The second issue regarding plain-English guidelines and research is that actual practice does not appear to follow the guidelines. For example, a group of researchers asserted that the Document Design Center's guidelines about whiz deletions was not valid, since whiz deletions were a common occurrence in( presumably) well-written documents.(Hcklin,Curtin and Graham 1991). This discrepancy between guidelines and practice was also illustrated by van der Wararde's study in Technical Communication (1999). A review of 330 documents found that the majority did not follow standard guidelines with regard to typographic dimension (x-height and line spacing). Does this mean that the guidelines themselves are invalid? Perhaps. But among other possible explanations for this finding, van der Warrde considered that"legibility and attractiveness are not the criteria that are most often used in practice"and that criteria such as cost, standardization, or production deadlines might have more impact on document choices. Or as Redish and Rosen suggest,"Real-world documents are compromises"(1991)
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The Principles of Plain English
Generally speaking, there are two principles as the guidelines of plain English. The first one is conciseness and simplicity. In his book- The Elements of Style, William Stunk said, "Vigorous writing is concise. A sentence should contain no unnecessary words, a paragraph no unnecessary sentences, for the same reason that a drawing should have no unnecessary lines and a machine no unnecessary parts." In addition, Plain English Campaign in Australia defines plain English as "good, clear writing which communicates as simply and effectively as possible." Minister of Multiculturalism and Citizenship of Canada referred in plain language:" Clear and simple that plain English should use straightforward, concrete and familiar words to make it concise and easy to understand."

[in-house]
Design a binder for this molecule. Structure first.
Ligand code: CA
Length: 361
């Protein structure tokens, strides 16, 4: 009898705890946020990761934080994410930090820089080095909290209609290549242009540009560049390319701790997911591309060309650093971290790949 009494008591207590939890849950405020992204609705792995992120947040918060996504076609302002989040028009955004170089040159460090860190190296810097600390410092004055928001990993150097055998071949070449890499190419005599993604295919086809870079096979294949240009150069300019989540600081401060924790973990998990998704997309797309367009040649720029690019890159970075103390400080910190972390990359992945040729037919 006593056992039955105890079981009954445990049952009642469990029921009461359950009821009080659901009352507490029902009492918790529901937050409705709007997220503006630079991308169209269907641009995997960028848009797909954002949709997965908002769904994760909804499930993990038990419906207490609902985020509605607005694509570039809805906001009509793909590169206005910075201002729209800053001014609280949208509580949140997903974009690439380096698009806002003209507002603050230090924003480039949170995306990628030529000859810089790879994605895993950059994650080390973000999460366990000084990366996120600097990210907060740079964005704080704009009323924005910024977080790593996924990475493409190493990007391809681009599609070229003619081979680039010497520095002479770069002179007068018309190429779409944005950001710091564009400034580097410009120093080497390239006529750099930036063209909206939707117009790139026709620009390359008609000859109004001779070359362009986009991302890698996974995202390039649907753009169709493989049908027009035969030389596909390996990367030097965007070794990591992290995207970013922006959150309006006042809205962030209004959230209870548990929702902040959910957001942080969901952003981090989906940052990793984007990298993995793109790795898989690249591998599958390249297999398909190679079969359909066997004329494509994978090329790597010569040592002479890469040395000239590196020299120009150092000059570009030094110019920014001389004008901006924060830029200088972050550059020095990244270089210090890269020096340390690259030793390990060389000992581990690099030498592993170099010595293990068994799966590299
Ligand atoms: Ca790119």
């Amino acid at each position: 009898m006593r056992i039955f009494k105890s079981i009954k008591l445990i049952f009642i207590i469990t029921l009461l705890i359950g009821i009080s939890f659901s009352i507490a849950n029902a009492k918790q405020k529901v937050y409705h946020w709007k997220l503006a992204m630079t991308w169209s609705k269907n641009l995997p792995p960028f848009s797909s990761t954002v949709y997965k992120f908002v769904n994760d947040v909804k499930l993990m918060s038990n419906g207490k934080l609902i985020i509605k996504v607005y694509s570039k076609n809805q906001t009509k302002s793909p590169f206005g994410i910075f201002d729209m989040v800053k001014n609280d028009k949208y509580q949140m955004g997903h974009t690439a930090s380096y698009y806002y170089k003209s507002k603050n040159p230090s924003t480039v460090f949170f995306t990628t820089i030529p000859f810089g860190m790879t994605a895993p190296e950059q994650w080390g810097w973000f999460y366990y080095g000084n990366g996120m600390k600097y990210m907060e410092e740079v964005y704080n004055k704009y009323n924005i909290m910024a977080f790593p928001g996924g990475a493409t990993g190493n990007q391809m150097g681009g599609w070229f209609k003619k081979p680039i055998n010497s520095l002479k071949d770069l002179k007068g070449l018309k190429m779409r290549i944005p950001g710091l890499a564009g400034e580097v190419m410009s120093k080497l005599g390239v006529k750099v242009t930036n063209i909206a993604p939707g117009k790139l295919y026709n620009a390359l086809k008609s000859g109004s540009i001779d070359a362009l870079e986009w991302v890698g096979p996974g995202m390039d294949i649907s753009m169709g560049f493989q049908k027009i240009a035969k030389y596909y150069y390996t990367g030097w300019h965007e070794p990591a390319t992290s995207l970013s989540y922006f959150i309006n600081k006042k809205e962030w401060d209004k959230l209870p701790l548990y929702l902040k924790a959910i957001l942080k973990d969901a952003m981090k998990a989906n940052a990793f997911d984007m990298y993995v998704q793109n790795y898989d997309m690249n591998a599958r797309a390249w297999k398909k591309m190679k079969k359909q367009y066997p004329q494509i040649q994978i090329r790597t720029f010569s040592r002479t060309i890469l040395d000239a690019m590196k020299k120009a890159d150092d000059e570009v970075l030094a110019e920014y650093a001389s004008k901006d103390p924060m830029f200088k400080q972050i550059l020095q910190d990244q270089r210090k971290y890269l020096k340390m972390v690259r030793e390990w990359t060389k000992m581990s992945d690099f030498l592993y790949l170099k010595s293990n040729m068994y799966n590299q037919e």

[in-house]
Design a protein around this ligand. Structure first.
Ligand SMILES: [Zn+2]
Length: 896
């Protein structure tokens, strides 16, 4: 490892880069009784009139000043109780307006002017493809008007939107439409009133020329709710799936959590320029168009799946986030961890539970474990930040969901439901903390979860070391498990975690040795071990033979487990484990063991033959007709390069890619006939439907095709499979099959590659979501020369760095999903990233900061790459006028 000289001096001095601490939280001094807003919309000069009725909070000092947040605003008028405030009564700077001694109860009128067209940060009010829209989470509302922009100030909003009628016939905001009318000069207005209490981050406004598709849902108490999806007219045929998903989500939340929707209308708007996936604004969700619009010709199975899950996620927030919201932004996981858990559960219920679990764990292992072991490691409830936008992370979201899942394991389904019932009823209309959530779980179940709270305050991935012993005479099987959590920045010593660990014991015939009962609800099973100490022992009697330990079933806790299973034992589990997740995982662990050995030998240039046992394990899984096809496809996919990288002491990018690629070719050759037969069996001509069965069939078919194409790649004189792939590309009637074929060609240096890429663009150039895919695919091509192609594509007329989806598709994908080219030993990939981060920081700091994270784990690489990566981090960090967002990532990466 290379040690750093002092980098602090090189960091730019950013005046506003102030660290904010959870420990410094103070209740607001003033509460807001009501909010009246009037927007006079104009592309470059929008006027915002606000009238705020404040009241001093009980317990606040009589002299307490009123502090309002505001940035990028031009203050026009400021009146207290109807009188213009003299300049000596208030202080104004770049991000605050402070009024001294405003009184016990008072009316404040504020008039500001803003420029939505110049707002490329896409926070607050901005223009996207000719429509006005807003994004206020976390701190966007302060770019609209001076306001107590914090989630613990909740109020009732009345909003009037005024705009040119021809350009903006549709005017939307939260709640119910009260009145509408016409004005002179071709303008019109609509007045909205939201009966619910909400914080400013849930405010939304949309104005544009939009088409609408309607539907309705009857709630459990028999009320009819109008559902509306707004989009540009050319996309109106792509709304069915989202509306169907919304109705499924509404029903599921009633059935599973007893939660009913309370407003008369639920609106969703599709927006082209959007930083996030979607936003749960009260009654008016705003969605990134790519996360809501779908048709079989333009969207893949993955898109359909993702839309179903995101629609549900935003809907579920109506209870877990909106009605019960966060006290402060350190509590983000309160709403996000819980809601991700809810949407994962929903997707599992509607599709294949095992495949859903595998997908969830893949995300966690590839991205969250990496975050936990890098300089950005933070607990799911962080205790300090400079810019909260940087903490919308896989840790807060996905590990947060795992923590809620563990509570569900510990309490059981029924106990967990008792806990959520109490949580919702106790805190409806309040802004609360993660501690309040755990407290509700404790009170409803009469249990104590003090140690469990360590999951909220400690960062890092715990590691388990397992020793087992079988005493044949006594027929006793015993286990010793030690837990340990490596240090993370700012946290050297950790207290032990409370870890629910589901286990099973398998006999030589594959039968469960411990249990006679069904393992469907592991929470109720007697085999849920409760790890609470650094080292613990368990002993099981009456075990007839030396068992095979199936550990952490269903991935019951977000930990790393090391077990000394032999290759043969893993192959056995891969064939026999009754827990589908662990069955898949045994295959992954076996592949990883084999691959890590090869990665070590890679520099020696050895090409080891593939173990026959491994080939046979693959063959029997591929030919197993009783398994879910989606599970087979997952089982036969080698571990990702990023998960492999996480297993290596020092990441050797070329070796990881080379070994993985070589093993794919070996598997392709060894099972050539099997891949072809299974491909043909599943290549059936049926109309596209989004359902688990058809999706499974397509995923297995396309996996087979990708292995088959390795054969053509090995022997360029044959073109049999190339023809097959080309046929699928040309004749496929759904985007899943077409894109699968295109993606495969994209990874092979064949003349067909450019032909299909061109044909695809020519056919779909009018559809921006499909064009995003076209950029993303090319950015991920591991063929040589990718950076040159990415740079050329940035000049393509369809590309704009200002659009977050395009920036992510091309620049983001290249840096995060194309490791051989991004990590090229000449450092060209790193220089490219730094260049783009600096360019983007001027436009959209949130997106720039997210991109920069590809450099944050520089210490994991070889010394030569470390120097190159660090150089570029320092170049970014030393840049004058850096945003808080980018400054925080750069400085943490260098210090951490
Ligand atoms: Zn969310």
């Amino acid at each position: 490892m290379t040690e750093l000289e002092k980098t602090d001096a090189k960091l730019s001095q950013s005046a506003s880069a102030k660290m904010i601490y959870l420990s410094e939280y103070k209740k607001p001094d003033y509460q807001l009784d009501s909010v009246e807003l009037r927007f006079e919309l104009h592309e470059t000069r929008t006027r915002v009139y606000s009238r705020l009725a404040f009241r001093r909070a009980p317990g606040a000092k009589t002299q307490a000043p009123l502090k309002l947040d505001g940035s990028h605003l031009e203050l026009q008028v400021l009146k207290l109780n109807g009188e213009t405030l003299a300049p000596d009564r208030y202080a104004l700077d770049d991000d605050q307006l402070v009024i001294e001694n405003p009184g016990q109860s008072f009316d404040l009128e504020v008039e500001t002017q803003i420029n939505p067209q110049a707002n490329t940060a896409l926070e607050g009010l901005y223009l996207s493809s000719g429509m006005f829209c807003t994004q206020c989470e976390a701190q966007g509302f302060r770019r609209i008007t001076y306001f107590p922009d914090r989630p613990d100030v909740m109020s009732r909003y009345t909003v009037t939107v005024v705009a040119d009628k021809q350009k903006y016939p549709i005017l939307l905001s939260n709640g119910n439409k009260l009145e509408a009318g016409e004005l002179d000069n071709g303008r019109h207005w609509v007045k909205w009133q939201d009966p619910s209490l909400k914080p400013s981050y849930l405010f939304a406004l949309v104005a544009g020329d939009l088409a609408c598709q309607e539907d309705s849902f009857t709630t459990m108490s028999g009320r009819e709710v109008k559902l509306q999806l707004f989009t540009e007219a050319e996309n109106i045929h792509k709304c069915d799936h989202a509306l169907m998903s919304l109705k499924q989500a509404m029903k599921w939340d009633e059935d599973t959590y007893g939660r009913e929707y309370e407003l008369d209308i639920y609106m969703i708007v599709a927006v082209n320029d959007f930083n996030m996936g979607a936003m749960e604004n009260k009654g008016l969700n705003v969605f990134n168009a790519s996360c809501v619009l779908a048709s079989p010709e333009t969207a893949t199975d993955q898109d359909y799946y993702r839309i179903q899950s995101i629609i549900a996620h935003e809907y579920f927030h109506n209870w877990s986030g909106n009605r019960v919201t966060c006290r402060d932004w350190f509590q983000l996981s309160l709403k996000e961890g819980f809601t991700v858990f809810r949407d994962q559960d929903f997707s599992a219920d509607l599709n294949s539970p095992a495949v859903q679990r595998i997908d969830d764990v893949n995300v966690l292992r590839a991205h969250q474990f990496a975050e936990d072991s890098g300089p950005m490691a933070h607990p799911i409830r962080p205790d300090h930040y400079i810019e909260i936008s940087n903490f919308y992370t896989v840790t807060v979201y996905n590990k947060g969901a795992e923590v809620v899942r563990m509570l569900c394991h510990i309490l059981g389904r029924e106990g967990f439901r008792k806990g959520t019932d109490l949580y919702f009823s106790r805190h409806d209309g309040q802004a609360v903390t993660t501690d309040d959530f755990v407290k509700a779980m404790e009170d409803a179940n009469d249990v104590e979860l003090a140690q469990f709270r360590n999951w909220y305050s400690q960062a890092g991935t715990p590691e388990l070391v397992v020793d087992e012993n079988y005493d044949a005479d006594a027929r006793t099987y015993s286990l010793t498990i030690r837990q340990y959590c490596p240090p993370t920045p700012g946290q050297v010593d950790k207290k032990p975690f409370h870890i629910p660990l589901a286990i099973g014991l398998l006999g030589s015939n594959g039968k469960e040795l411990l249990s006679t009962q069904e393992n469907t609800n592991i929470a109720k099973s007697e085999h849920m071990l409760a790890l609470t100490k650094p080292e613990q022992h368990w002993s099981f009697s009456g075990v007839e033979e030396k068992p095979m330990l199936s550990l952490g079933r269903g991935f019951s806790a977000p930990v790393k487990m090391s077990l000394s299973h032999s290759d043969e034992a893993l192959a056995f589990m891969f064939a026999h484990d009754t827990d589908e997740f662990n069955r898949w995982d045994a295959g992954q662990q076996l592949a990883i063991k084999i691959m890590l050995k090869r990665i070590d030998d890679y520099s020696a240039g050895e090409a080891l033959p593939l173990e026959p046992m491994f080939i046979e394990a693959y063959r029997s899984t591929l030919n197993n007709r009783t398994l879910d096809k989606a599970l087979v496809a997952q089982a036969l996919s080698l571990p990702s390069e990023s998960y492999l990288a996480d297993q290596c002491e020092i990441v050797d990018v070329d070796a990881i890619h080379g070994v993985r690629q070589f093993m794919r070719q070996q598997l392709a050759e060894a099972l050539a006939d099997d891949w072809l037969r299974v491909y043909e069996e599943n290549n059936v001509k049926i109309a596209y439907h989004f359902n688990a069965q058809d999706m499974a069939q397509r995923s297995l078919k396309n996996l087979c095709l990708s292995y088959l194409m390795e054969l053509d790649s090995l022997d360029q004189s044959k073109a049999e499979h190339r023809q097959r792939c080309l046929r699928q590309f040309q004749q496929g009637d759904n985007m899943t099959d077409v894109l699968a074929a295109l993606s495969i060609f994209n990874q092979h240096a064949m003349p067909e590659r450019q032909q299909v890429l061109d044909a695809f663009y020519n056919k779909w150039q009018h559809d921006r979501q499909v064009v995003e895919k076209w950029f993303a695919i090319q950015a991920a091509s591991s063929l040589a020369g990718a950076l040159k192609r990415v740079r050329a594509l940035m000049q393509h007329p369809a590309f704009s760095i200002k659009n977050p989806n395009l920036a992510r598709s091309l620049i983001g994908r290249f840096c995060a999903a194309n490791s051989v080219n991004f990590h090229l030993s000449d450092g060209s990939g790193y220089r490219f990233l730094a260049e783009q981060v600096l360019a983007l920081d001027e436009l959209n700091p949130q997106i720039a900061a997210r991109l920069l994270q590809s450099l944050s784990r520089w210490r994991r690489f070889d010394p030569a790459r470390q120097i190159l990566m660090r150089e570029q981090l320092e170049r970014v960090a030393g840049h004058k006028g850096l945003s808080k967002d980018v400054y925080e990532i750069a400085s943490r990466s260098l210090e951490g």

The second one is fluidity and continuity, which means how to organize information from the point of plain English. About this, the Minister of Multiculturalism and Citizenship of Canada thought plain English writing was a technique of organizing information in ways that make sense to the reader.
These two principles can make sure the needs of the reader are matched with the needs of the writer, leading to effective, efficient communication. Actually, these two principles are also the reasons why plain English has been so popular in recent years.
Characteristics of Non-Literary Translation
The Oxford English dictionary defines literature as"writing which has claimed to consideration on the ground of beauty of form or emotional effect."In order to demarcate'literary texts'from'non-literary texts', scholars have applied some criteria. They are fictionality, specialized language, lack of pragmatic function and ambiguity.
One characteristic featureof literary texts arguably is their fictionality. People usually agree that literary texts, even if they attempt to represent reality in some form or another, are ultimately products of a writer's imagination and that at least the characters and their conversations are fictitious.
People often say that literary language is 'special' and it differs considerably from normal everyday language. As the Russian Formalists maintained in the early twentieth century, literary texts make use of language in such a way that it becomes strange and unfamiliar in a given context. They called this process 'defamiliarization'.
Lack of Pragmatic Function
A piece of literary writing, on the other hand, need not have been intended by the author for any specific purpose. It sometimes seems as though literature was just written into time and space, to nobody in particular and without any function. However, non-literary texts may have a more clearly defined and generally agreed-upon function.